Novo Nordisk, Eli Lilly Must Stop Ripping Off Americans with High Drug Prices

By: Bernie Sanders, President Joe Biden; USA Today

If Novo Nordisk and other pharmaceutical companies refuse to substantially lower prescription drug prices in our country and end their greed, we will do everything within our power to end it for them.

As president of the United States and the chairman of the Health, Education, Labor, and Pensions Committee in the Senate, we have long been concerned about the outrageous prices that the pharmaceutical industry charges the American people for prescription drugs.

There is no rational reason why Americans, for decades, have been forced to pay, by far, the highest prices in the world for the prescription drugs they need.

There is no rational reason why, for decades, 1 out of 4 Americans have been unable to afford the medicine their doctors prescribe.

And it is most certainly not Americans’ patriotic duty to pay high drug prices at home so others abroad can enjoy the fair prices that every American is entitled to.

That’s why over the last several years, working together, we have made substantial progress.

As a result of the Inflation Reduction Act that passed Congress without a single Republican vote, seniors with diabetes are paying no more than $35 a month for insulin. Starting in January, no senior in America will pay over $2,000 a year for prescription drugs. And, for the first time in history, Medicare is now doing what every other major country does: Negotiate with the pharmaceutical companies to lower the price of some of the most expensive drugs in America.

This commonsense policy is one that the American public overwhelmingly agrees with, including more than 60% of Republicans.

By working with some of the largest drug companies in the world, we also have managed to lower the cost of inhalers that millions of Americans, with asthma and chronic obstructive pulmonary disease, need to breathe from as much as $645 down to just $35.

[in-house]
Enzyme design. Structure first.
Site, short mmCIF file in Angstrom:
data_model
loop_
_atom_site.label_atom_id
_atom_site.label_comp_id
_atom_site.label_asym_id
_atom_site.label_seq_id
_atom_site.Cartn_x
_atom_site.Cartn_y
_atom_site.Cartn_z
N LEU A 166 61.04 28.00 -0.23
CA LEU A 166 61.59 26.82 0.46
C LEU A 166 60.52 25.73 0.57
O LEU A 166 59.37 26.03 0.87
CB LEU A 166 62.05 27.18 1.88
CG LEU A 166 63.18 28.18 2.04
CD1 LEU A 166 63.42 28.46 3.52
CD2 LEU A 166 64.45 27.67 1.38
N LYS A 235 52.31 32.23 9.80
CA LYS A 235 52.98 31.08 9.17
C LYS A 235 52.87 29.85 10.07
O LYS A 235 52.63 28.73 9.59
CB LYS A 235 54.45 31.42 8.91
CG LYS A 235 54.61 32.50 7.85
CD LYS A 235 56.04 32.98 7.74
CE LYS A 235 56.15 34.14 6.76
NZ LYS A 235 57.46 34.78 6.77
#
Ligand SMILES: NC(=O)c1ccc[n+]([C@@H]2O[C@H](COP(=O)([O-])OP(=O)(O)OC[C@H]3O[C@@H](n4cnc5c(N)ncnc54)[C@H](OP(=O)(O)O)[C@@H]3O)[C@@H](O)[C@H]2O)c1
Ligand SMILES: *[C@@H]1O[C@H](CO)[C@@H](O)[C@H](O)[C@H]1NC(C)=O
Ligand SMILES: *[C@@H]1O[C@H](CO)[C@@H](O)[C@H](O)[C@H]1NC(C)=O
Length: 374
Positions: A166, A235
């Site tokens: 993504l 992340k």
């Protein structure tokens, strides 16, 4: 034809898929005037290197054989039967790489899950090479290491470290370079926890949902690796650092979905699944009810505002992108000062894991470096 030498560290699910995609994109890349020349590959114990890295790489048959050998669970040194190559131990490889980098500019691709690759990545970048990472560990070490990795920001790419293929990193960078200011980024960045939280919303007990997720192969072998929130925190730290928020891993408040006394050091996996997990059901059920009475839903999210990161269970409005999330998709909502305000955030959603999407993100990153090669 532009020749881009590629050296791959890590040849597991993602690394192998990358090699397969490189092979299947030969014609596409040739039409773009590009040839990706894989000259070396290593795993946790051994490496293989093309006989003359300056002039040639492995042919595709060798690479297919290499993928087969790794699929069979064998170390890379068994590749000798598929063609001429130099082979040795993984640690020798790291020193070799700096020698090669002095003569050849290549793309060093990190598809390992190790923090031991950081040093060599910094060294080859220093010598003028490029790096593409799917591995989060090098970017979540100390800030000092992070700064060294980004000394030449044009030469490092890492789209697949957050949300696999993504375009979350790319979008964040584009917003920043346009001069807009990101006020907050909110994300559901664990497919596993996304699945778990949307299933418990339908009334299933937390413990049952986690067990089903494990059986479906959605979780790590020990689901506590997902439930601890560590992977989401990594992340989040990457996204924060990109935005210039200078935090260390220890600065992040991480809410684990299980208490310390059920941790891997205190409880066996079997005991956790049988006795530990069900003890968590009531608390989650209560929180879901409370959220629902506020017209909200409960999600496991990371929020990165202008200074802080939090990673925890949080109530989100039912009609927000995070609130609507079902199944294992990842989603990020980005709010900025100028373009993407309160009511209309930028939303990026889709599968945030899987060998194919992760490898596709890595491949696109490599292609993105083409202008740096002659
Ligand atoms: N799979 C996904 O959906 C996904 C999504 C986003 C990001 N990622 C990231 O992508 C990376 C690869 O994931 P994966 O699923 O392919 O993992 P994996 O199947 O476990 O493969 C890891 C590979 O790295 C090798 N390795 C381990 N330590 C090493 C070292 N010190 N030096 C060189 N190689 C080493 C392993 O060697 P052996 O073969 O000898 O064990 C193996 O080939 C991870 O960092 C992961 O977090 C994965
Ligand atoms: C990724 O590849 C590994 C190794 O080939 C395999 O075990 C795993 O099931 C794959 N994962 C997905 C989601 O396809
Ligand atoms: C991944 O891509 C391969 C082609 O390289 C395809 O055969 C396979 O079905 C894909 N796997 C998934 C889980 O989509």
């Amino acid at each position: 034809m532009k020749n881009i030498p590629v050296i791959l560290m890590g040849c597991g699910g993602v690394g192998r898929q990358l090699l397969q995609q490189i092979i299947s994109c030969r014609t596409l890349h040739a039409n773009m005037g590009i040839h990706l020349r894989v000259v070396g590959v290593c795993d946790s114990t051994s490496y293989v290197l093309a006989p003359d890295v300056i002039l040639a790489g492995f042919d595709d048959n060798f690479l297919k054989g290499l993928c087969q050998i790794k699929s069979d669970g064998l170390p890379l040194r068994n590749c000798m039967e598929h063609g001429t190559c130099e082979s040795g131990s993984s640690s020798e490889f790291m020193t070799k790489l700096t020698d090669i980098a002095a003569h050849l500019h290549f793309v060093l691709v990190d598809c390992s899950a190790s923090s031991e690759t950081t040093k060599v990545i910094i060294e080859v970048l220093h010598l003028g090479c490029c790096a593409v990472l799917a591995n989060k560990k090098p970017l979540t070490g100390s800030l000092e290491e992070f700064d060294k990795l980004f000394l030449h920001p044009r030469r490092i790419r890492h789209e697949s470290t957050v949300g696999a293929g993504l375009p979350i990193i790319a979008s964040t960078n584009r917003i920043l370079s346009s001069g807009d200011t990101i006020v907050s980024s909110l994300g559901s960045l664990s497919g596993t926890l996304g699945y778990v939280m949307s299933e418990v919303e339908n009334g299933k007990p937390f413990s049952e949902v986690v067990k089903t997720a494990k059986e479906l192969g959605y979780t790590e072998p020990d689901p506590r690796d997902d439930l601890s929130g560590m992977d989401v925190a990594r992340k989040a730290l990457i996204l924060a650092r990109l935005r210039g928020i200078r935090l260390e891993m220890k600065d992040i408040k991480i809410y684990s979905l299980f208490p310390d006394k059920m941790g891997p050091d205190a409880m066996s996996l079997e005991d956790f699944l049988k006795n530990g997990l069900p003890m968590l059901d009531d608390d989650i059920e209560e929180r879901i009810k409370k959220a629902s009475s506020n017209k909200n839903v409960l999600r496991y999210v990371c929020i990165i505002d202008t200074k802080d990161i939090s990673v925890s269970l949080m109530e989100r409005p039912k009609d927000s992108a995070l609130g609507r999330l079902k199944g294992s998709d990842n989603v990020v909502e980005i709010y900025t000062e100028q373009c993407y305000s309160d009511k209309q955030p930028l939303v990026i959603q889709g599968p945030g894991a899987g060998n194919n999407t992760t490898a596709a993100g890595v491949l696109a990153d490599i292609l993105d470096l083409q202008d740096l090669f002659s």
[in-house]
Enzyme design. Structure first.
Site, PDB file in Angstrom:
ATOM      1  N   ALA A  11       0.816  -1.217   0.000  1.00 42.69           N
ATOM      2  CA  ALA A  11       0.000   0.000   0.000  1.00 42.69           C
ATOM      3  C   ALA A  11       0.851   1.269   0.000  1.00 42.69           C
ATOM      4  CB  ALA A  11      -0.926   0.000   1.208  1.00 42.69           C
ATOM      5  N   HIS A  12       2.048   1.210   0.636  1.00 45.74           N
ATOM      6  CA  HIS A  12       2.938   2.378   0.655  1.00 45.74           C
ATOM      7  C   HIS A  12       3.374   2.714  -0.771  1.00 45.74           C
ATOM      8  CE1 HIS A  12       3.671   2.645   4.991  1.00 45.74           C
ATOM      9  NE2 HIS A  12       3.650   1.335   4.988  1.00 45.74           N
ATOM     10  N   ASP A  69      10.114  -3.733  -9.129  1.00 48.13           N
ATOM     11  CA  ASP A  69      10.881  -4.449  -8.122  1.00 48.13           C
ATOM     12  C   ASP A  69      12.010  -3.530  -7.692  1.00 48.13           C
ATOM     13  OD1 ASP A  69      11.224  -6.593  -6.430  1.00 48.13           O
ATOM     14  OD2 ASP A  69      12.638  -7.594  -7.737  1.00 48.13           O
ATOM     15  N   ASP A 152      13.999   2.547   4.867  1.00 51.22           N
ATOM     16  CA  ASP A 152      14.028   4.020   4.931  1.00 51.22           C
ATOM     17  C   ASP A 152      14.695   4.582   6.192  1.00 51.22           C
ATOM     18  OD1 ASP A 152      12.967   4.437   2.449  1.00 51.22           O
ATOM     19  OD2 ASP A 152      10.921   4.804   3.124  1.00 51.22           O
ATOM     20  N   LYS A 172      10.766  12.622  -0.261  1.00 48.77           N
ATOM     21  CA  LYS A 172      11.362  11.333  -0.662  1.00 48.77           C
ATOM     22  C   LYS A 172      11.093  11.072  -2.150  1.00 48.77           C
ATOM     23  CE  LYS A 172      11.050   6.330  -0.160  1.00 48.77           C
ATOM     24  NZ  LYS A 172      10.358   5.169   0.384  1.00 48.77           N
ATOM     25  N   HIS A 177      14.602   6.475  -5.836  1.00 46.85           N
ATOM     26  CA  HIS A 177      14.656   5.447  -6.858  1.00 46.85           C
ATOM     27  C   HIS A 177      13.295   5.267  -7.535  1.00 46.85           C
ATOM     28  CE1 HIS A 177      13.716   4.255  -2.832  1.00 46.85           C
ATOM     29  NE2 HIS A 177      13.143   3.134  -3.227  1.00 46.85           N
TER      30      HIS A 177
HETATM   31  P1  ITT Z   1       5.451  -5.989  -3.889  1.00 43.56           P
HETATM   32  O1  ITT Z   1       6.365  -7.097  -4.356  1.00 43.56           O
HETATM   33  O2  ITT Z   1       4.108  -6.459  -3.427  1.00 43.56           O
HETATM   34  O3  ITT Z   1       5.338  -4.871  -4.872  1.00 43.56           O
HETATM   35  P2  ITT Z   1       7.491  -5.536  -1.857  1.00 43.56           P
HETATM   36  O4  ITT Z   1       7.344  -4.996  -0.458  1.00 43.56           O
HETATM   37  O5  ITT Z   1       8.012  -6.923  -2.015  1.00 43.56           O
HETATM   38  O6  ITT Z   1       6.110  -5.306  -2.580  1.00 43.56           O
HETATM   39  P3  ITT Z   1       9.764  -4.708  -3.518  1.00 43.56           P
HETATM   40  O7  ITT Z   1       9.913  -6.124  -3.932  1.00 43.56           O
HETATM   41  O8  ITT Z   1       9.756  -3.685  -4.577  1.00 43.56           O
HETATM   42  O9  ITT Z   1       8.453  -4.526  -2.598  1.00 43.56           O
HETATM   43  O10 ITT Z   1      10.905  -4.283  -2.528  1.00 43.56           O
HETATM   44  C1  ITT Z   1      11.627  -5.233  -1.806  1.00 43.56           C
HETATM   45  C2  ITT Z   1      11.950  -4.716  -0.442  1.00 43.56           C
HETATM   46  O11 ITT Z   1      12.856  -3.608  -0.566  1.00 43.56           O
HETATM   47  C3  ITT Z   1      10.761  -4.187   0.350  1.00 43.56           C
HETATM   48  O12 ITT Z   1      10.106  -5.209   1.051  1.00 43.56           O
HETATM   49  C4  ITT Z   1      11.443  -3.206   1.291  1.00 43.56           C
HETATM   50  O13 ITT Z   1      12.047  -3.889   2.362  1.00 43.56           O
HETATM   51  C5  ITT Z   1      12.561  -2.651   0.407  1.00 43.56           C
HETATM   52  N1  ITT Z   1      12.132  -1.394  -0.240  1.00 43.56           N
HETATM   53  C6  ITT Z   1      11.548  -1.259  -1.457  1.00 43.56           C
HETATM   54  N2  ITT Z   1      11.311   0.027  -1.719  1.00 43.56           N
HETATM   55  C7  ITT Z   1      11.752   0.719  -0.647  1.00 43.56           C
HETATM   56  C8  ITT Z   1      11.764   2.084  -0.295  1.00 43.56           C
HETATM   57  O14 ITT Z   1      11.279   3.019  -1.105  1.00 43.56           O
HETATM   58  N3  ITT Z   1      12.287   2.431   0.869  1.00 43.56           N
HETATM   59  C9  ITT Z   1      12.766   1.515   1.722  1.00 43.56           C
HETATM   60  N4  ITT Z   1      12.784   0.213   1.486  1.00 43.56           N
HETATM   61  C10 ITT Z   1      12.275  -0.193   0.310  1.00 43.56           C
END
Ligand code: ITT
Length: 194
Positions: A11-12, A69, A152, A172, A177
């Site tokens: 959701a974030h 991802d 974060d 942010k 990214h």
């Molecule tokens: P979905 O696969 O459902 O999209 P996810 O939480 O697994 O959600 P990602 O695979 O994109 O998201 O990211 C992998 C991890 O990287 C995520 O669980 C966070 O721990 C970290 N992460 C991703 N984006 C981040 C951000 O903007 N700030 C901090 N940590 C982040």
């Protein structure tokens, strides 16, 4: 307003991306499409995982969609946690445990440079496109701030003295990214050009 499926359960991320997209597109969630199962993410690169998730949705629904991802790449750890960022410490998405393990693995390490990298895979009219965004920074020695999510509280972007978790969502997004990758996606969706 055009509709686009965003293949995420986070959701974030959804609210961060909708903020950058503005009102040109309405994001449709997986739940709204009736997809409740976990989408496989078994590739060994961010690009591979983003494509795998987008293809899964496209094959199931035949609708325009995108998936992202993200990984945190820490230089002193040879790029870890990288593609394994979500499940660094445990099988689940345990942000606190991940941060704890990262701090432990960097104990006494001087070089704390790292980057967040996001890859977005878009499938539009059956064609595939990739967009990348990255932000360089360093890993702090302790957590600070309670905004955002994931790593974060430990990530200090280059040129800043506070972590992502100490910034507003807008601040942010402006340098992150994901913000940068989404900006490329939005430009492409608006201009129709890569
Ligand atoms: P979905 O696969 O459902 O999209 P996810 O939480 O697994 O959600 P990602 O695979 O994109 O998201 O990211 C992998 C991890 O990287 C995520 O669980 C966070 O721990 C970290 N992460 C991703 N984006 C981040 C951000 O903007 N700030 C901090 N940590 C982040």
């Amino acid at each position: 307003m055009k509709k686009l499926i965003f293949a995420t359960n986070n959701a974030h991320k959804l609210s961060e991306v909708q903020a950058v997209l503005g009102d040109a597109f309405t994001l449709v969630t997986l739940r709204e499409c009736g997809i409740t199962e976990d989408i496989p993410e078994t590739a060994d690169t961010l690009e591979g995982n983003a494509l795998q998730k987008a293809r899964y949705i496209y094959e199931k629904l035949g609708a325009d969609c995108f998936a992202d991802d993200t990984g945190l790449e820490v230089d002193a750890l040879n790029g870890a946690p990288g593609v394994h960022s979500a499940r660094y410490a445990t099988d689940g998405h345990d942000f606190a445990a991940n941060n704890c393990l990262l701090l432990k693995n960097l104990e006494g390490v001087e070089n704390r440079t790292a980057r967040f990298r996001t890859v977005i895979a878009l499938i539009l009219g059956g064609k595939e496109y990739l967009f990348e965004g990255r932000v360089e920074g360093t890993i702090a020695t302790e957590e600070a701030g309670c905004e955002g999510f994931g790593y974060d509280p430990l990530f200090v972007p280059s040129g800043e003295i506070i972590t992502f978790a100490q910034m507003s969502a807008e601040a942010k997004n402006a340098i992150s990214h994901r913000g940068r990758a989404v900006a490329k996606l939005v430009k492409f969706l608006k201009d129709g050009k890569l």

We are very proud of these achievements. The U.S. government is finally standing up to Big Pharma. But much more needs to be done to lower the unaffordable price of prescription drugs.

We plan to expand negotiations on drug prices

What does that mean?

It means that, at a time when many Americans are dealing with the myriads of chronic illnesses, no one in our country should be forced to pay over $2,000 a year for the prescription drugs they need, not just seniors. It also means that the number of prescription drugs up for price negotiation must be expanded to at least 50 a year. We are working together on legislation to do just that. We look forward to every member of Congress supporting this legislation.

But let’s be clear. It’s not just Congress that needs to act. Prescription drug companies also must stop ripping off the American people.

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Let us give you one example – a major one. Today, tens of millions of Americans are struggling with Type 2 diabetes and obesity.

The good news is that Novo Nordisk, one of the world’s leading pharmaceutical companies, has created new blockbuster drugs, Ozempic and Wegovy, that effectively treat these conditions.

Obesity drugs are too expensive

The bad news is that Novo Nordisk is charging the American people unconscionably high prices for these prescription drugs. If your doctor prescribes you a GLP-1, the prices of Ozempic and Wegovy can be up to several times higher than prices in Canada, Germany, Denmark and other major countries. That’s unacceptable.